Open Access

A range-wide synthesis and timeline for phylogeographic events in the red fox (Vulpes vulpes)

  • Verena E Kutschera1Email author,
  • Nicolas Lecomte2, 3,
  • Axel Janke1, 4,
  • Nuria Selva5,
  • Alexander A Sokolov6,
  • Timm Haun1,
  • Katharina Steyer7,
  • Carsten Nowak7 and
  • Frank Hailer1Email author
BMC Evolutionary Biology201313:114

DOI: 10.1186/1471-2148-13-114

Received: 1 February 2013

Accepted: 29 May 2013

Published: 5 June 2013



Many boreo-temperate mammals have a Pleistocene fossil record throughout Eurasia and North America, but only few have a contemporary distribution that spans this large area. Examples of Holarctic-distributed carnivores are the brown bear, grey wolf, and red fox, all three ecological generalists with large dispersal capacity and a high adaptive flexibility. While the two former have been examined extensively across their ranges, no phylogeographic study of the red fox has been conducted across its entire Holarctic range. Moreover, no study included samples from central Asia, leaving a large sampling gap in the middle of the Eurasian landmass.


Here we provide the first mitochondrial DNA sequence data of red foxes from central Asia (Siberia), and new sequences from several European populations. In a range-wide synthesis of 729 red fox mitochondrial control region sequences, including 677 previously published and 52 newly obtained sequences, this manuscript describes the pattern and timing of major phylogeographic events in red foxes, using a Bayesian coalescence approach with multiple fossil tip and root calibration points. In a 335 bp alignment we found in total 175 unique haplotypes. All newly sequenced individuals belonged to the previously described Holarctic lineage. Our analyses confirmed the presence of three Nearctic- and two Japan-restricted lineages that were formed since the Mid/Late Pleistocene.


The phylogeographic history of red foxes is highly similar to that previously described for grey wolves and brown bears, indicating that climatic fluctuations and habitat changes since the Pleistocene had similar effects on these highly mobile generalist species. All three species originally diversified in Eurasia and later colonized North America and Japan. North American lineages persisted through the last glacial maximum south of the ice sheets, meeting more recent colonizers from Beringia during postglacial expansion into the northern Nearctic. Both brown bears and red foxes colonized Japan’s northern island Hokkaido at least three times, all lineages being most closely related to different mainland lineages. Red foxes, grey wolves, and brown bears thus represent an interesting case where species that occupy similar ecological niches also exhibit similar phylogeographic histories.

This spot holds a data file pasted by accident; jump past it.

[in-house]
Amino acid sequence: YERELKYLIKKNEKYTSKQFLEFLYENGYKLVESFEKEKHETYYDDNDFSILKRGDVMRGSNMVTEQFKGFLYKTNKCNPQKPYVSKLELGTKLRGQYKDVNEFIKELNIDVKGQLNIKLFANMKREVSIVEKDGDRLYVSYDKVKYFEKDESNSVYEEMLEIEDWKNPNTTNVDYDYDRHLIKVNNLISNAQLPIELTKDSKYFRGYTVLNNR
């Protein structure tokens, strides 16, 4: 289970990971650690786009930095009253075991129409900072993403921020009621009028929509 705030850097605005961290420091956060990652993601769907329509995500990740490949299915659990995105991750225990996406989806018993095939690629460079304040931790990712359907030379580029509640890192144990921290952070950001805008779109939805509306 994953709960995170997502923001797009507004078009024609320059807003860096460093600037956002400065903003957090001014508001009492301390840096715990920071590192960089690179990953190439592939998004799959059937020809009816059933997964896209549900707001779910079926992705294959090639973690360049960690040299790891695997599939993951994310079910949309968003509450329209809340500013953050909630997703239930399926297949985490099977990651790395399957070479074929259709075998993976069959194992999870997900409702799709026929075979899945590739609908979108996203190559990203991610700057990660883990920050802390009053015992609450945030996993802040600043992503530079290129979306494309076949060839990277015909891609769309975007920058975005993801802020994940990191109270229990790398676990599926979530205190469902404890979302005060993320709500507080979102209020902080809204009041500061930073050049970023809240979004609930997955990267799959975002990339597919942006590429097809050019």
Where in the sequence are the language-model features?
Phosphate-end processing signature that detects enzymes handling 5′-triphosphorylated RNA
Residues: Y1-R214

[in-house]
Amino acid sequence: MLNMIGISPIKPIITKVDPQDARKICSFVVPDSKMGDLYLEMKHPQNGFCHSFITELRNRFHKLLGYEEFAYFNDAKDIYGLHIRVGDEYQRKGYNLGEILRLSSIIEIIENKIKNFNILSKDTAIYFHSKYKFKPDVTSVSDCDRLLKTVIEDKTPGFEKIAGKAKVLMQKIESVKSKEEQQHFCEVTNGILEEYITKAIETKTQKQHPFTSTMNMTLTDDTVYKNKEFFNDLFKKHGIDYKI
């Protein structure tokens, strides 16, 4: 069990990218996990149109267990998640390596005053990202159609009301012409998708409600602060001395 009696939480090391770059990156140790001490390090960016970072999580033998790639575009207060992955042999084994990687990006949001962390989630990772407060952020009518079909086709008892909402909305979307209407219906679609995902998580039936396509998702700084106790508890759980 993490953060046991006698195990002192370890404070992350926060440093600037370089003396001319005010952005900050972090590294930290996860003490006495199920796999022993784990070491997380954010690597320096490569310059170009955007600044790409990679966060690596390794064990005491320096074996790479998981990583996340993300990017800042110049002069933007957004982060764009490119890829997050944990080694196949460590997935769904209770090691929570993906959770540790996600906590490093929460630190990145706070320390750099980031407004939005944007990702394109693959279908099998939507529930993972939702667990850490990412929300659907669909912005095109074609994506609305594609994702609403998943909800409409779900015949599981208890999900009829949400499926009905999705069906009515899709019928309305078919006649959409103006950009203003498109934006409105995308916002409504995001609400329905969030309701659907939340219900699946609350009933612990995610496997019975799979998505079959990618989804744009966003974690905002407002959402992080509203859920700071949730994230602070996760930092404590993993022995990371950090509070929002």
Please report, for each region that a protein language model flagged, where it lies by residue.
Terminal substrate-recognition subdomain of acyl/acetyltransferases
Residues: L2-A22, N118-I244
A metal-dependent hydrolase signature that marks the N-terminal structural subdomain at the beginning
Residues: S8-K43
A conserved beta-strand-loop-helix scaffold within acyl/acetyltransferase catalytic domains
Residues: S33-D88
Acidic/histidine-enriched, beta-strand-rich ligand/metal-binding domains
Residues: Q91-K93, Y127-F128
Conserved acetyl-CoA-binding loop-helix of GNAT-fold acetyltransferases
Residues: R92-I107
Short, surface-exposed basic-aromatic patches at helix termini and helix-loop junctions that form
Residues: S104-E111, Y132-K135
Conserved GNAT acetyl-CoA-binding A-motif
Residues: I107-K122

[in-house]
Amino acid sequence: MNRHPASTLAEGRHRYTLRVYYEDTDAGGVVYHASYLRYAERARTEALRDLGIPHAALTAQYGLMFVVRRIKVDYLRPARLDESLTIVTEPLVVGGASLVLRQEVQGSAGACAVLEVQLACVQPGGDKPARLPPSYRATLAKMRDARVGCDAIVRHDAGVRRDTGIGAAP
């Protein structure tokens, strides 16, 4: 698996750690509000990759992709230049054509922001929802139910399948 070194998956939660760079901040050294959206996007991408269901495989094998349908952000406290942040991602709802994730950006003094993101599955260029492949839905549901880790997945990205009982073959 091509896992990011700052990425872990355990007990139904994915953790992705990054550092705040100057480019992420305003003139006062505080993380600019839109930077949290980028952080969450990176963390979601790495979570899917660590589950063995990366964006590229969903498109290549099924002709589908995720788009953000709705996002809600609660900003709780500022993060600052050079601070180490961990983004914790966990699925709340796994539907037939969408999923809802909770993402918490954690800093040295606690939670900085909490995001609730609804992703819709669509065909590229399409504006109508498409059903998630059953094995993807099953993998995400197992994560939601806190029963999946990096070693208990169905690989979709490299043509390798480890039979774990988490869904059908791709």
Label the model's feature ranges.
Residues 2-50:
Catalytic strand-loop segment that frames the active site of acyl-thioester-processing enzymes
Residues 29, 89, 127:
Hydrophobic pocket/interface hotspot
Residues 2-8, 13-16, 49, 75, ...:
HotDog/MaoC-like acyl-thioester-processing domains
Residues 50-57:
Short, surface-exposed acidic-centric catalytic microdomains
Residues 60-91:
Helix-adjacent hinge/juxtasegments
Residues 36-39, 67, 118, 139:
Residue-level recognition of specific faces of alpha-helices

Carnivores Divergence time estimate Generalist mtDNA control region Phylogeography Vulpes


While current population genetic structuring tends to be weak in arctic mammalian specialists [1, 2], species in temperate regions usually show more pronounced structuring [35], due to their survival in different refugia during the last glacial maximum (LGM) (reviewed in [6, 7]). An exception to this trend is observed in some temperate-zone species with generalist habitat requirements and high mobility, like large carnivores that occur across a wide habitat and climatic gradient. Indeed, grey wolves (Canis lupus) and brown bears (Ursus arctos) show an overall weak phylogeographic structure with several widely distributed lineages [815].

Similar to the brown bear and the grey wolf, the red fox (Vulpes vulpes) is distributed across all northern continents (Europe, Asia, and North America), being the most widely distributed carnivore in the world [16]. The high mobility and adaptability of the red fox to different habitats and climates is reflected by its earliest appearance in the fossil record outside the southern refugia shortly after the last glacial maximum (LGM). Some 13,500 years before present, for instance, the red fox re-appeared in Northern Germany close to the ice sheets [17]. Daily distances of more than 10 km are common [18, 19], and the longest recorded distance covered by a red fox was 302 km within less than a year’s time [20].

Although red fox phylogeography using DNA sequence data from a ca. 268 – 342 bp fragment of the mitochondrial (mt) control region has been investigated before [2127], these studies had a regional focus or sampling gaps in Siberia and Asia (Figure 1). In addition, so far the published data has not been collated to investigate range-wide processes, and no timeline has yet been established for phylogeographic events. Previous studies described two major red fox lineages – one with a Holarctic distribution and a Nearctic lineage consisting of three sublineages (widespread lineage, eastern lineage, mountain lineage) [23, 24, 27]. A study on Japanese red foxes found two main lineages in Japan: one lineage that was exclusively found on Japan’s northern island Hokkaido (Hokkaido II), and another lineage that comprised three Japanese sublineages occurring on Hokkaido and on Japan’s main southern islands Honshu and Kyushu (Hokkaido Ia, Hokkaido Ib, Honshu/Kyushu) along with mainland Asian red foxes [21].
Figure 1